The incredibly moving moments from Trust continue into the third track with “So I Cry Out.” It was this song that really made me fall in love with what’s being created within the confines of this album. As that music consumer, some moments of creation have become predictable to me. So much so that I can typically figure out where a lyric or note will start and end. This is not so here, as Matthew holds on to notes for his own sake, often elongating syllables for the emotional effect; this slight personal affectation has allowed him to stand out among many of his peers, if not all of them.
But don’t think that this debut album by Gambles is short on solid listening after the powerful opening tracks. It’d be easy to write and fawn over everything on the record, but I’ve taken to loving “Penny for a Grave” the last few days. The humming is a nice alternative to the traditional whistle, but the lyrical substance is really great. My personal favorite line from the track: “is it the smell of your old bones/calling me home again.” Even more personal to me is the fact that you can’t simply decipher the lyrics, they’re shrouded in metaphors that I dare not attempt to uncover. But, that’s what makes it personal, that’s what makes it special; I can ascribe my own meaning to these tracks. “265” is another such tune that I’ve taken a liking to, as well. There’s a rise and fall to the song, in both the vocals and the musical accompaniment. Siskin does well too with his guitar playing, alternating between soft strum and heavy-handed stroke, and always with purpose.
It’s difficult to see past the bullshit sometimes, and even more difficult when you’re only working with your guitar and voice. But, somehow, somewhere, Matthew Siskin has created a gift for listeners. You can rush to rip off the wrapping or you can choose to go slow, but one thing can be assured: you’ll never ever regret the day you picked up the first full-length from Gambles. May Trust be our first introduction to a long and remarkably affecting career.
Matthew Siskin, and his musical project known as Gambles, has been on our minds over the last year with the release of his stellar EP Far From Your Mind. With that EP already under his belt, Siskin is returning later this year with a highly anticipated full length LP entitled Trust. To get us even more amped up for that release, new song “So I Cry Out” has been made available as a new single. My description as a tearjerker will immediately become apparent after you give the track a few spins. Sheer Beauty.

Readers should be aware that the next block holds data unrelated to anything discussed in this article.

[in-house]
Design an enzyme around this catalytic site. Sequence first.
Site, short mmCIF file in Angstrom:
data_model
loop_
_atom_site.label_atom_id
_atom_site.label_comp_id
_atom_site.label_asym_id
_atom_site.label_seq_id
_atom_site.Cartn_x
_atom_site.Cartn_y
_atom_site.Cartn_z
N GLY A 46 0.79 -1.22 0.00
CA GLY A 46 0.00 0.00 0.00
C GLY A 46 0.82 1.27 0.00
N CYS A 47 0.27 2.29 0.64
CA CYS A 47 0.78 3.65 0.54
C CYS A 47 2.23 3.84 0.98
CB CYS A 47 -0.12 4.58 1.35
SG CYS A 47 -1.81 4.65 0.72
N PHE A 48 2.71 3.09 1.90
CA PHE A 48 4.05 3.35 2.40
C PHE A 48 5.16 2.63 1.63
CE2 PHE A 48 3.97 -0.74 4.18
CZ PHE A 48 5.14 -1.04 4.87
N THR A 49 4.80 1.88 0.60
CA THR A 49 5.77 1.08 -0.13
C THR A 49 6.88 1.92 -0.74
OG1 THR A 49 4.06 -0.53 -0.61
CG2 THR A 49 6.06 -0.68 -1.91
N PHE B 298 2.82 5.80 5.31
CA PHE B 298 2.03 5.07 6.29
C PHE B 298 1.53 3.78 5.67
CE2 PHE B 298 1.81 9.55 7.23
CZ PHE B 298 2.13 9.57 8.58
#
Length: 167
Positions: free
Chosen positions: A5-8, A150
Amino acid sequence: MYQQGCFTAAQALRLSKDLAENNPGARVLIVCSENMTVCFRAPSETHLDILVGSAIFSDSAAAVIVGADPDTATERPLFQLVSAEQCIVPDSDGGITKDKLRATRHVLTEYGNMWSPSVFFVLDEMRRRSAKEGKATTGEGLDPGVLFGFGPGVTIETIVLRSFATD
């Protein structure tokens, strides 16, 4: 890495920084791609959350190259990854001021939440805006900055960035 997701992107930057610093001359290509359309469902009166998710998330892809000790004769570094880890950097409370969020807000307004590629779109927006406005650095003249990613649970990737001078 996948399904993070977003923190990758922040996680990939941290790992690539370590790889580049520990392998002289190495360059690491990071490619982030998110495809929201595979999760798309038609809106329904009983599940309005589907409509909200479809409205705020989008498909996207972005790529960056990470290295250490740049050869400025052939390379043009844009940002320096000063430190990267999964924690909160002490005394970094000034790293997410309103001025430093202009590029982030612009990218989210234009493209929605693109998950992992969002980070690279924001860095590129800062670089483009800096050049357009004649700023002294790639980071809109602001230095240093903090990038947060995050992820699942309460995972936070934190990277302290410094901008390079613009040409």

New album Trust will be out October 1st via GMBLS.
For the last year or so, the name of Matthew Siskin, and his Gambles project, has been on many a writer’s lips, or pens, or keyboards. After spending several days holed up with his short Far From Your Arms EP, it’s clear to me that all his accolades and interest are warranted. His EP is intimately moving, touching every corner of my oft darkened soul, awakening the spirit and faith in music/art once again.
“Trust” begins with a slow strumming, with Siskin’s voice wavering just atop. At points, he seems to struggle, though not in a manner that turns people away. Rather, I’ve been drawn closer into his sound, listening for every slight crack or every tarnished note, all reverberating a purity in songwriting that I’ve missed a lot lately. While the pacing of the strumming provides a sensation of solemnity, he picks things up slightly moving forward.
His strumming of his acoustic takes a heavier-handed turn on “Safe Side,” though he alternates between that punchier strumming technique to quieted careful note picking. But, when it’s loud, the sound is emphatic, yet his vocals turn intimate when he brings things to a hush. He’s speaking to someone, or a character he knows, switching from a personal perspective to more of an omniscient thinker. The closing whistle is an added touch of beauty.
Skipping ahead to the EP’s title track you’ll find what I consider one of the best two songs written this year. “Far From Your Arms” is the perfect bit of modern folk music, both in its sonic approach and its emotional pull. As Matthew’s voice rises, ever so slightly, one can picture himself listening carefully in a smoke-filled pint-size room, holding your breath as every note is played. Perhaps the song’s about a journey home, or the distance that divides us all, but regardless, it encapsulates everything I’ve ever dreamed of hearing. I imagine this song will play in my head and heart for some time.
What amazes me about listening to Far From Your Arms is how much I feel the impact and weight of the songs within. Admittedly, I consume a lot of music, and it takes a lot for something to really really hit home. But, in five short songs, Gambles has achieved that feat, with both the poetry in his lyrical content and the emotional pull of every chord. This is a must listen for anyone.[audio:http://austintownhall.com/wp-content/uploads/2013/07/04-Far-From-Your-Arms.mp3]